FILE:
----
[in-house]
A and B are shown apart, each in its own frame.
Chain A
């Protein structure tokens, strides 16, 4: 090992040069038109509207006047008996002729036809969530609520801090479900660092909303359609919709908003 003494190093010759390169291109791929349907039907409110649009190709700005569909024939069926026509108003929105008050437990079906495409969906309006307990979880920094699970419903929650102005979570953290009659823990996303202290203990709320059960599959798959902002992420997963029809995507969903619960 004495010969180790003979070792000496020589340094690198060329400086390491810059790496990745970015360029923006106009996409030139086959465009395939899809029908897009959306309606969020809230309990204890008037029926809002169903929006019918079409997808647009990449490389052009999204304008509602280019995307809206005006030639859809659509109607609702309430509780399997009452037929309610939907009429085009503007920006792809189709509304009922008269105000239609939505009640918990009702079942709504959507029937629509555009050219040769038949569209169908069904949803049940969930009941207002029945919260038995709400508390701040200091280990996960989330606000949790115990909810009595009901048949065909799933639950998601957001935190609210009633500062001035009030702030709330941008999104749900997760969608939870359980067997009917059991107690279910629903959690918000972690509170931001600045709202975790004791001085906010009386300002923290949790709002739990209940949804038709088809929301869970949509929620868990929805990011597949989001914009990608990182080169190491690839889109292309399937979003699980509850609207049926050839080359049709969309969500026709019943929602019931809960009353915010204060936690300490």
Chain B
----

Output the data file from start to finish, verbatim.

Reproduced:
[in-house]
A and B are shown apart, each in its own frame.
Chain A
């Protein structure tokens, strides 16, 4: 090992040069038109509207006047008996002729036809969530609520801090479900660092909303359609919709908003 003494190093010759390169291109791929349907039907409110649009190709700005569909024939069926026509108003929105008050437990079906495409969906309006307990979880920094699970419903929650102005979570953290009659823990996303202290203990709320059960599959798959902002992420997963029809995507969903619960 004495010969180790003979070792000496020589340094690198060329400086390491810059790496990745970015360029923006106009996409030139086959465009395939899809029908897009959306309606969020809230309990204890008037029926809002169903929006019918079409997808647009990449490389052009999204304008509602280019995307809206005006030639859809659509109607609702309430509780399997009452037929309610939907009429085009503007920006792809189709509304009922008269105000239609939505009640918990009702079942709504959507029937629509555009050219040769038949569209169908069904949803049940969930009941207002029945919260038995709400508390701040200091280990996960989330606000949790115990909810009595009901048949065909799933639950998601957001935190609210009633500062001035009030702030709330941008999104749900997760969608939870359980067997009917059991107690279910629903959690918000972690509170931001600045709202975790004791001085906010009386300002923290949790709002739990209940949804038709088809929301869970949509929620868990929805990011597949989001914009990608990182080169190491690839889109292309399937979003699980509850609207049926050839080359049709969309969500026709019943929602019931809960009353915010204060936690300490």
Chain B